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Monday, September 24, 2012

Spotlight: Go With The Flo by Lillian Grant

Go With The Flo
Lillian Grant

Nineties girl Florence Spring joined Avon to find her Edward Scissorhands but instead needs to rescue his porno alter ego.

When Florence notices her eccentric ex-boyfriend, Eddie, isn't putting on his usual show in the front window on Friday night she decides to investigate. She asks her best friend, Nelson Tyler, to help but he seems more interested in seducing Florence than in finding her personal flasher.

Florence has no idea when she embarks on the adventure she will accidentally shoot an undercover policeman, or that her actions will lead to Nelson's kidnapping. 

Now with two men missing she has no choice but to continue and thwart the plans of a psychotic soon to be divorcee. She needs to rescue Nelson because life without him is unbearable, especially since she's discovered his long sensitive fingers are far more erotic than scissorhands.

Florence Spring trudged down another empty street. A bag full of lipstick, foundation, eye shadow, and all manner of items designed to make a girl of the nineties a sight to behold, swung from her shoulder. The tote banged against her hip, aggravating an already aching bruise. Even though drizzle soaked her face, she resisted the urge to wipe it off. She knew it was her duty to represent the products she sold to the best of her ability. The handbook for sales 101 read, better to appear damp, than smudged.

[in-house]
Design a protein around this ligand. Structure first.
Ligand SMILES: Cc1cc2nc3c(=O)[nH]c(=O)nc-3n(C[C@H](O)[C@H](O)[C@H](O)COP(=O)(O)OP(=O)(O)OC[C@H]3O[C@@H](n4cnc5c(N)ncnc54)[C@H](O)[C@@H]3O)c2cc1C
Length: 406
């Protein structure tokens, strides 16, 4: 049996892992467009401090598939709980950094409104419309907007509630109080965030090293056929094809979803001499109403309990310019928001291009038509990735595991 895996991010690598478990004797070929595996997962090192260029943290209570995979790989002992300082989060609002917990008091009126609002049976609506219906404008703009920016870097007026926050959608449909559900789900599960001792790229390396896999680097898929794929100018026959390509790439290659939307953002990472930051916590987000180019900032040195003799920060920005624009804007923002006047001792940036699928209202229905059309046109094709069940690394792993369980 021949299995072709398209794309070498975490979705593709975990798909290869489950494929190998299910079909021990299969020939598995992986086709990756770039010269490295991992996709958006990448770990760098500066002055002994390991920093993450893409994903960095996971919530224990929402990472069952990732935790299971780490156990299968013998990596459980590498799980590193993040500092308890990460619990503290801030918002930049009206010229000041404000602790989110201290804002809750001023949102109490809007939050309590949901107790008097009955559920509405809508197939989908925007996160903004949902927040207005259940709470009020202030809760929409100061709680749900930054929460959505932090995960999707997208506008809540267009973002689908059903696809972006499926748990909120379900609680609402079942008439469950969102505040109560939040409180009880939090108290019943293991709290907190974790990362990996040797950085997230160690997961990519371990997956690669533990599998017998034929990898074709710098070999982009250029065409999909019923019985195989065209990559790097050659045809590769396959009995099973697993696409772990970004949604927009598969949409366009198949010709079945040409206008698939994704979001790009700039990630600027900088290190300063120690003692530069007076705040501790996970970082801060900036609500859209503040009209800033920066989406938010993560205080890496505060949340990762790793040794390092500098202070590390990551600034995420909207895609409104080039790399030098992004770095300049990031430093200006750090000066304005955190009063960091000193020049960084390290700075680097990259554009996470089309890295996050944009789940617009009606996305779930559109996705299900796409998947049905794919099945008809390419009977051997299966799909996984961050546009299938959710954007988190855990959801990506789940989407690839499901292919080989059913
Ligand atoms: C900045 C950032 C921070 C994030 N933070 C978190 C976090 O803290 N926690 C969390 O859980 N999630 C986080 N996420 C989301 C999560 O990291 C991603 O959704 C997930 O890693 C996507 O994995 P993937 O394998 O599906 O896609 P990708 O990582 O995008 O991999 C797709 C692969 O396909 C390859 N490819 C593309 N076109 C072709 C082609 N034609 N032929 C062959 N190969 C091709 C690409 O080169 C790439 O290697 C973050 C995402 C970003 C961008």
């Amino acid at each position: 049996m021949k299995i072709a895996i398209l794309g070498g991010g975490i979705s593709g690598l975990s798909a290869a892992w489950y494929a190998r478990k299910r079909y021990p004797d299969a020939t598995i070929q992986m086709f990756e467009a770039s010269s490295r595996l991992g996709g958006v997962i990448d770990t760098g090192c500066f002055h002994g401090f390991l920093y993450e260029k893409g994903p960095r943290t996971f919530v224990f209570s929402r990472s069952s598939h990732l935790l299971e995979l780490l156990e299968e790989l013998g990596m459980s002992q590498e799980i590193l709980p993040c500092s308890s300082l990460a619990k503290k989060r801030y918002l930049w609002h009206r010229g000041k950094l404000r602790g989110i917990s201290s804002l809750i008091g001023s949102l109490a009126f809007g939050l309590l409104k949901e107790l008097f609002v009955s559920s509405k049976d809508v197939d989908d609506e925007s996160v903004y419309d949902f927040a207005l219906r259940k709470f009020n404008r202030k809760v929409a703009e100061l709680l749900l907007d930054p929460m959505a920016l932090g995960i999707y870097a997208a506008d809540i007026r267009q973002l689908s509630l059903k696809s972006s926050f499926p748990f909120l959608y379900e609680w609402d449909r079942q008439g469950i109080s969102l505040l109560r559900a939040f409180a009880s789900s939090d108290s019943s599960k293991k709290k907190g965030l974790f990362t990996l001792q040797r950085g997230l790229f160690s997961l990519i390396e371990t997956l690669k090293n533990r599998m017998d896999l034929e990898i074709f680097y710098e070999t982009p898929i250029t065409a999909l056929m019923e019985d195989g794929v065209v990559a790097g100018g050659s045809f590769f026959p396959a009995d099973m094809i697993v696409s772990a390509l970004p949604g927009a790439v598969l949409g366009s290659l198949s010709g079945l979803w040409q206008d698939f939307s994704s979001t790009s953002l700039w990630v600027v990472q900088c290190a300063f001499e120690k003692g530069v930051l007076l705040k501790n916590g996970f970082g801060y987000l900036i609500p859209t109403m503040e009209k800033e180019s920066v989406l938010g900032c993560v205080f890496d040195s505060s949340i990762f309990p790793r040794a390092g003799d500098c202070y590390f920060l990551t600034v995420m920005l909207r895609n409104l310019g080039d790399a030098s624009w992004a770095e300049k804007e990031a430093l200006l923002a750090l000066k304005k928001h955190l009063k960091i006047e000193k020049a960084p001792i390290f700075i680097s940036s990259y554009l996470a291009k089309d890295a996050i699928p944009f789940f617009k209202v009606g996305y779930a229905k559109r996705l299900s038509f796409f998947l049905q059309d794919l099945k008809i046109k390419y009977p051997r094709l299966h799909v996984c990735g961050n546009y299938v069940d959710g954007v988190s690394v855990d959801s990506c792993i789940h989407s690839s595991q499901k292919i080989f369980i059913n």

This wasn’t how she’d envisioned life as an Avon representative. Where was her dark castle? Her mysterious hero? When would she find a beautiful man with a penchant for leather and rubber? She joined up to find her Edward Scissorhands. The closest she’d come was his porno alter ego, Edward Penishands.

If Eddie Cain wiggled his dick in his front room window one more time as she walked past, she would take the gold-handled nail scissors, on special this week for two dollars with any order over twenty dollars, and snip the little worm off. Bad enough she’d gone out with him once—once, and only once. The relationship had been doomed from the start. After his mother died, Eddie became most odd. Their one date had confirmed her belief that he was strange.